By: Matthew T. Gill, M.D., Suwanee Ear Nose & Throat
The human voice is an amazing gift that is often taken for granted. We rely on it for communication and personal expression. Illness, injury or misuse may lead to significant voice problems that can disrupt daily work and activities. Many vocations place significant demands on the voice. Teachers are especially prone to voice problems but other examples include singers, preachers, coaches, receptionists, and sales people.
Hoarseness refers to a change in vocal quality. Acute laryngitis from a respiratory infection (common cold, sinusitis or bronchitis) is the most common cause of sudden hoarseness and can even cause complete loss of voice. Failure to rest one’s voice when needed may compound the problem by causing further vocal cord injury or the development of improper compensatory strategies (leading to chronically inefficient voice use and prolonged hoarseness). Causes of chronic hoarseness include irritation from acid reflux or postnasal drip, structural abnormalities of the vocal cords (nodules, polyps, cysts or tumors), vocal cord paralysis, or improper voice technique such as excessive squeezing or tension of the laryngeal musculature.
Tips for maintaining a healthy voice
1) Hydration, hydration, hydration. The larynx (voice box) is a delicate organ and the vocal cords require adequate hydration for optimal function. Drink at least 8 glasses of water, or 64 ounces, per day.
2) Limit or avoid substances that are known to cause damage to the vocal cords. Cigarette smoke is very irritating to the vocal cords and prolonged use is the leading risk factor for laryngeal cancer. Caffeine and alcohol can indirectly cause injury by promoting acid reflux (GERD) or by leading to dehydration.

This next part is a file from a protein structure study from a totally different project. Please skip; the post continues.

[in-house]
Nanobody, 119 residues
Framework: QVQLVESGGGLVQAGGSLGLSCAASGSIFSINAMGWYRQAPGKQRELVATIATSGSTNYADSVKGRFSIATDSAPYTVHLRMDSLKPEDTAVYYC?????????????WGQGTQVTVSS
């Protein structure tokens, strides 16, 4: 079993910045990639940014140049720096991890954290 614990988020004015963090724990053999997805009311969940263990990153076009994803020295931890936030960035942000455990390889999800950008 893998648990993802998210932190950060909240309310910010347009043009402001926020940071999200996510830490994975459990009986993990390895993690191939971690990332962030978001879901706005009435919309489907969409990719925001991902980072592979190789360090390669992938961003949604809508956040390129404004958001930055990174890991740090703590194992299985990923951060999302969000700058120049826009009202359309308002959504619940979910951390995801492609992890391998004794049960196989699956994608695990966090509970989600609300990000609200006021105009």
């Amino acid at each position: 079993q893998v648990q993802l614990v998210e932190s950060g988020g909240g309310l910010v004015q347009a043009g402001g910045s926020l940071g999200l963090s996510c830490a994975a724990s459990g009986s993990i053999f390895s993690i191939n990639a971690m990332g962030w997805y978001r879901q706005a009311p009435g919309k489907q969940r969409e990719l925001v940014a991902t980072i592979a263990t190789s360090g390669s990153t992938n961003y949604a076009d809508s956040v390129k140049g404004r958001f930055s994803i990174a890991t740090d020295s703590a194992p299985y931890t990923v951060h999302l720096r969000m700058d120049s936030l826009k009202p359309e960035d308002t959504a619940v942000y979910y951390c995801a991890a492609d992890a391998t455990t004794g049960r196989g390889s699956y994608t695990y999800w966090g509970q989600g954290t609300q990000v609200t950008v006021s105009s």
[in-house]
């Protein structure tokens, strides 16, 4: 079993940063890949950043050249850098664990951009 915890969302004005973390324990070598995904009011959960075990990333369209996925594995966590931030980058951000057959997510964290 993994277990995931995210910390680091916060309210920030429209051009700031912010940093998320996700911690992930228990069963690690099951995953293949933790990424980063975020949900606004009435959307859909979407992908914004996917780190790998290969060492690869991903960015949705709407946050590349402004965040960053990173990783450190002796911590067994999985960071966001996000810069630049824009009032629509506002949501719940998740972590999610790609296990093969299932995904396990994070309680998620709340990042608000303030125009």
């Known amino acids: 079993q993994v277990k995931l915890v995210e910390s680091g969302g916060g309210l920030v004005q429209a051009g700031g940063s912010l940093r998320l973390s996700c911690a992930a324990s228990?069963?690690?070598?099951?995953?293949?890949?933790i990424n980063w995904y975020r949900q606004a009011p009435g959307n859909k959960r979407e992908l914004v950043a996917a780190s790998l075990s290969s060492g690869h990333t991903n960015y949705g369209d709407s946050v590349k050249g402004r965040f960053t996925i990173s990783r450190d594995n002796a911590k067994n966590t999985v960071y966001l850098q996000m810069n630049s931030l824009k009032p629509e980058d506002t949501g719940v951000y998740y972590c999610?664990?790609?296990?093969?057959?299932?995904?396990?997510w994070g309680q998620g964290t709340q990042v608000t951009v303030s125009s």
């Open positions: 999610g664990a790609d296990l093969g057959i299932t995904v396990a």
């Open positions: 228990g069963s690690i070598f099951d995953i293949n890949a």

3) Avoid vocal overuse or misuse. This is a common issue which can lead to vocal cord injury and chronic voice problems. Obvious causes include voice strain from screaming, yelling or cheering; however trying to “power through” when sick instead of appropriately resting your voice can be equally problematic. Try to avoid speaking in noisy environments which require you to raise your voice above the noise to be heard. Use a microphone when available for public speaking. When sick it is best to rest your voice as much as possible. Avoid speaking in especially high or low tones outside of your normal vocal range or whispering as these cause more vocal strain than your regular speaking voice.
Dr. Matthew T. Gill is board certified in otolaryngology-head and neck surgery and has been practicing since 2011. Dr. Gill earned his undergraduate degree from Baylor University where he graduated with distinction from the Honors Program. He received his medical degree from the Medical College of Wisconsin, where he was honored with the Thomas W. Grossman Award in Otolaryngology. Dr. Gill went on to complete an otolaryngology-head and neck surgery residency at Louisiana State University in Shreveport, Louisiana. Dr. Gill welcomes all general adult and pediatric ear, nose and throat patients to his practice, but has a special interest in the surgical treatment of chronic ear infections, hearing loss, and chronic sinusitis.